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Thursday, September 24, 2009

Pet Peeve: “Literally”

Okay, class. Who knows what the word literally means? Agnes?

“Really. Truly. Actually.”

Lovely. Well done, Agnes. As for the rest of you, who might blithely write, “Whenever Jeremy talks to me, I literally have butterflies in my stomach,” I’m sorry to hear you’ve ingested insects. But that’s no excuse for misusing this word.

If Candace feels like she has butterflies in her tummy when Jeremy talks to her, then that’s what she should say. To say she literally has them means she “really, truly, actually” does. The opposite of literally is metaphorically—i.e., “what I’m saying is just an expression, a metaphor.”

Here are some other examples:

The thief literally tore the mattress apart looking for the hundred dollars.
(Correct. The thief took a knife and slashed the mattress open.)

The thief literally turned the room upside down looking for the hundred dollars.
(Really? The floor is now the ceiling? Huh.)

When Romeo asked Juliet to the prom, she literally stared speechless at him for two full minutes.
(Lame, but possible. She stood there, agog, until her vocal cords remembered how to work.)

When Romeo asked Juliet to the prom, she was literally struck dumb.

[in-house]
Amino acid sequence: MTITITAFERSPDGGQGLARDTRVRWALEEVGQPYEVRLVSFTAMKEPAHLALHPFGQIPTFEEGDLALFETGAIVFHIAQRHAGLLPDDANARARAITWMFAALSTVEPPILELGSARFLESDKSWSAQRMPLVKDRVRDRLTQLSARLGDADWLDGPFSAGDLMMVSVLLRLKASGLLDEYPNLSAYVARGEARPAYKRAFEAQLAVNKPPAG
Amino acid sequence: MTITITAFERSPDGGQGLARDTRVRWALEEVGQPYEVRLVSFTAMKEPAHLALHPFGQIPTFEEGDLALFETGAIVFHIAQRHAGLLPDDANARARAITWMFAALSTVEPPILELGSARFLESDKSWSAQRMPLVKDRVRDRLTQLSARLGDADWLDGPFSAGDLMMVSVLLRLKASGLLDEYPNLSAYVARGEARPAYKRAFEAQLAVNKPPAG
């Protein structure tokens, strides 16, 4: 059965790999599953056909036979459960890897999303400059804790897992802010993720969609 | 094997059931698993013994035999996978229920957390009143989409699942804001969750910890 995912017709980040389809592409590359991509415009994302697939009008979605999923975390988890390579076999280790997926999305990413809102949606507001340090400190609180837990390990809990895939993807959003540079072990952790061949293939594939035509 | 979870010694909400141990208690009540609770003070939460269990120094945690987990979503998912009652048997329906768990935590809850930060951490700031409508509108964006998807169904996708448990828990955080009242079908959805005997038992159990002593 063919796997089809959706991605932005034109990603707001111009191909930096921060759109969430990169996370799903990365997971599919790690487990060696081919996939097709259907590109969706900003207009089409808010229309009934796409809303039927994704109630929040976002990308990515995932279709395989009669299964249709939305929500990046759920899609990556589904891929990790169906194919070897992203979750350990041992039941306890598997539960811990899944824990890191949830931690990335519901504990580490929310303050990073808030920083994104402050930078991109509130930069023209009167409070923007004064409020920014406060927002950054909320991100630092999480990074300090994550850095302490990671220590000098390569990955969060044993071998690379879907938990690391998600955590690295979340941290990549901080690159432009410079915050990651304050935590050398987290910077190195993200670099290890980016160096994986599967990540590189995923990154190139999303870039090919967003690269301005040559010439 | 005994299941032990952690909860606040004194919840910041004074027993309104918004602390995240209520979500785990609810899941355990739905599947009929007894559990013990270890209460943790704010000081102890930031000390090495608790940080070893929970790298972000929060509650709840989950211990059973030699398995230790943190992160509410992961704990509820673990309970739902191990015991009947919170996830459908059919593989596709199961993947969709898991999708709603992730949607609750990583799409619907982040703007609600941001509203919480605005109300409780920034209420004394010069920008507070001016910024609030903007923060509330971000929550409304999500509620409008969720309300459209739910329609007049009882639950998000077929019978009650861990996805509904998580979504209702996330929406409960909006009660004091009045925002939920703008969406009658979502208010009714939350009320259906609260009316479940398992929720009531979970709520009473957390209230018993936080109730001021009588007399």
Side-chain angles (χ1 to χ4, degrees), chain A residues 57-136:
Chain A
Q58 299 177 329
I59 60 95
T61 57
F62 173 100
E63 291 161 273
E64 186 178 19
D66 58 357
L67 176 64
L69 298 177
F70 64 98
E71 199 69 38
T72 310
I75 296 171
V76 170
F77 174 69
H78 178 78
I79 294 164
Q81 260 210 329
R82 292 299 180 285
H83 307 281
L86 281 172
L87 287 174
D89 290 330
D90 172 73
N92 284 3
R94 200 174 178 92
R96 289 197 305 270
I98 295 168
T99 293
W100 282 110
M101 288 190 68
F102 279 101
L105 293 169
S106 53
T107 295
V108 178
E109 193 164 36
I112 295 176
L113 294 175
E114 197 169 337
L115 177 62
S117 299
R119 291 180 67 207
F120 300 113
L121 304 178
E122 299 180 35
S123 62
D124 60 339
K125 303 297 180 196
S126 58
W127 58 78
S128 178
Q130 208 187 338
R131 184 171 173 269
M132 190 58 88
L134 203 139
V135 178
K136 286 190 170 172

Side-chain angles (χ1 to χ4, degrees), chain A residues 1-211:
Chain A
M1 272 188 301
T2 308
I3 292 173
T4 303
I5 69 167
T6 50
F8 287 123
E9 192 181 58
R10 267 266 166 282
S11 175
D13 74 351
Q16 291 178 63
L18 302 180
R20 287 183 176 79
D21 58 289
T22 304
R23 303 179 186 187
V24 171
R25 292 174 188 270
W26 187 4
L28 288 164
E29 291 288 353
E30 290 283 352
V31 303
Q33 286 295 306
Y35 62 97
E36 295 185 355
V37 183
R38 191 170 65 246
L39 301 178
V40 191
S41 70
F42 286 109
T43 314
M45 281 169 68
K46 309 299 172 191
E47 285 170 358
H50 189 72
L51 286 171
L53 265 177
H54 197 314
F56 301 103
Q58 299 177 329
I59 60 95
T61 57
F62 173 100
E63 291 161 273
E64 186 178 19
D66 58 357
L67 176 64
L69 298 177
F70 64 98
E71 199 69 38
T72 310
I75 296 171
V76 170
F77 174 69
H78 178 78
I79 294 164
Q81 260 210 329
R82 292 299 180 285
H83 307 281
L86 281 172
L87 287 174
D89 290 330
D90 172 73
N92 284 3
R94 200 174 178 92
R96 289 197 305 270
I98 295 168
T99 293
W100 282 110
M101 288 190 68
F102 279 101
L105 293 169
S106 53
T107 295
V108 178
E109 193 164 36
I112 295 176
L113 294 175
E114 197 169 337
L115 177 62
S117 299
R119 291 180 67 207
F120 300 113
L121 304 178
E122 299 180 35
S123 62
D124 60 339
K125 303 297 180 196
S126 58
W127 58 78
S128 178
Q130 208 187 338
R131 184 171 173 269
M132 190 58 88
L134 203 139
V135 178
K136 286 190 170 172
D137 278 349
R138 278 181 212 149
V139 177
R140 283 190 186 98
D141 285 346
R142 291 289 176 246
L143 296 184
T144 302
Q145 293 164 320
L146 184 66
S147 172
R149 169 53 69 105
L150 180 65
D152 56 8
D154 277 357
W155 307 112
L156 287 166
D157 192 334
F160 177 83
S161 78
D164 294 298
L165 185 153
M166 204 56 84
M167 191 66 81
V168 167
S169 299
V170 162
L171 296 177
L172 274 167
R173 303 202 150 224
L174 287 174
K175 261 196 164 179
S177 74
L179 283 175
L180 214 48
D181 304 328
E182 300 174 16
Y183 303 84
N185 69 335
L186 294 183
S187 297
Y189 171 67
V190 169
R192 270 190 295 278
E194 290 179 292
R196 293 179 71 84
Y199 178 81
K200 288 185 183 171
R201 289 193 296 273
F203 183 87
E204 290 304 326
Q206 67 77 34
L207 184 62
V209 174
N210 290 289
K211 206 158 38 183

(Ummm ... did he somehow confer laryngitis? Is she permanently mute?)

Get the idea?

One final note: It would be unfair not to mention that Webster’s Collegiate Dictionary, 11/e, revered by writers and editors alike, claims a meaning (2) for literally:

2. in effect : VIRTUALLY

Venerable Webby goes on to quote Norman Cousins: “...will literally turn the world upside down to combat cruelty ...” and adds this note:

usage Since some people take sense 2 to be the
opposite of sense 1 [“actually”], it has been frequently criticized as a misuse.
Instead, the use is pure hyperbole intended to gain emphasis, but it often
appears in contexts where no additional emphasis is necessary.
For shame, Webby! Bowing to the masses! Well, grammar hounds, I say stand up to this shameful pandering. The hyperbole is in the metaphor; it never needs the addition of literally, which only confuses the matter. I don’t care who you quote. Cousins should have said, “ ... will turn the world upside down to combat cruelty.” Why stick literally in there and make yourself look like a baboon?


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